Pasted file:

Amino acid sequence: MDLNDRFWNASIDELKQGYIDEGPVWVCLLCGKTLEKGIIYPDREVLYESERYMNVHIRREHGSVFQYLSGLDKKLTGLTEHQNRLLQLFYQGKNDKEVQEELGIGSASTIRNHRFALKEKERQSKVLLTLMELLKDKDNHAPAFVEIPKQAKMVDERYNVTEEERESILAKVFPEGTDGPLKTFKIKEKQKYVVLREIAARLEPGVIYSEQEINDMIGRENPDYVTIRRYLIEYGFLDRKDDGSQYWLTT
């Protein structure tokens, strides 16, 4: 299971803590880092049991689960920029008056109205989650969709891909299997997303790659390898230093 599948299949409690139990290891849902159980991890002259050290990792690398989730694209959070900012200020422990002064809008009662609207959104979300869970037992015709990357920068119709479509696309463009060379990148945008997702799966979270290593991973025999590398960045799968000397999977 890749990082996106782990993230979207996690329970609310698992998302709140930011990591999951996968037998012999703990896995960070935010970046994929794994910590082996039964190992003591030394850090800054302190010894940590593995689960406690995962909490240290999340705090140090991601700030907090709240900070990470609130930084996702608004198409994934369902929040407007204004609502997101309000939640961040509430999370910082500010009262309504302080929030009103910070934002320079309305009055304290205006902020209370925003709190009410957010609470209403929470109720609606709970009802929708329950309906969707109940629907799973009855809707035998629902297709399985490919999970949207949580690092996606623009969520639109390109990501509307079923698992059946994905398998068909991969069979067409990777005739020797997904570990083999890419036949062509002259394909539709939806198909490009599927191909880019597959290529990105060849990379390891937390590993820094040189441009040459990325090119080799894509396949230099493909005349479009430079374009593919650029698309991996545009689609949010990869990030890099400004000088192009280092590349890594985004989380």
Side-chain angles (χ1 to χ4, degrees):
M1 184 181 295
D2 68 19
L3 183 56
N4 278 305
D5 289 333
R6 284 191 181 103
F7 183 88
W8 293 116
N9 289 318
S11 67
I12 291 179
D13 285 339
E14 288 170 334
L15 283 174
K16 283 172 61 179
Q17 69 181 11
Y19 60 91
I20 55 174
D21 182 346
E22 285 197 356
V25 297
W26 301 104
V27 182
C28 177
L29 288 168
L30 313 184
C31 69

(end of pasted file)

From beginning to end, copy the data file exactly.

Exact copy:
Amino acid sequence: MDLNDRFWNASIDELKQGYIDEGPVWVCLLCGKTLEKGIIYPDREVLYESERYMNVHIRREHGSVFQYLSGLDKKLTGLTEHQNRLLQLFYQGKNDKEVQEELGIGSASTIRNHRFALKEKERQSKVLLTLMELLKDKDNHAPAFVEIPKQAKMVDERYNVTEEERESILAKVFPEGTDGPLKTFKIKEKQKYVVLREIAARLEPGVIYSEQEINDMIGRENPDYVTIRRYLIEYGFLDRKDDGSQYWLTT
């Protein structure tokens, strides 16, 4: 299971803590880092049991689960920029008056109205989650969709891909299997997303790659390898230093 599948299949409690139990290891849902159980991890002259050290990792690398989730694209959070900012200020422990002064809008009662609207959104979300869970037992015709990357920068119709479509696309463009060379990148945008997702799966979270290593991973025999590398960045799968000397999977 890749990082996106782990993230979207996690329970609310698992998302709140930011990591999951996968037998012999703990896995960070935010970046994929794994910590082996039964190992003591030394850090800054302190010894940590593995689960406690995962909490240290999340705090140090991601700030907090709240900070990470609130930084996702608004198409994934369902929040407007204004609502997101309000939640961040509430999370910082500010009262309504302080929030009103910070934002320079309305009055304290205006902020209370925003709190009410957010609470209403929470109720609606709970009802929708329950309906969707109940629907799973009855809707035998629902297709399985490919999970949207949580690092996606623009969520639109390109990501509307079923698992059946994905398998068909991969069979067409990777005739020797997904570990083999890419036949062509002259394909539709939806198909490009599927191909880019597959290529990105060849990379390891937390590993820094040189441009040459990325090119080799894509396949230099493909005349479009430079374009593919650029698309991996545009689609949010990869990030890099400004000088192009280092590349890594985004989380």
Side-chain angles (χ1 to χ4, degrees):
M1 184 181 295
D2 68 19
L3 183 56
N4 278 305
D5 289 333
R6 284 191 181 103
F7 183 88
W8 293 116
N9 289 318
S11 67
I12 291 179
D13 285 339
E14 288 170 334
L15 283 174
K16 283 172 61 179
Q17 69 181 11
Y19 60 91
I20 55 174
D21 182 346
E22 285 197 356
V25 297
W26 301 104
V27 182
C28 177
L29 288 168
L30 313 184
C31 69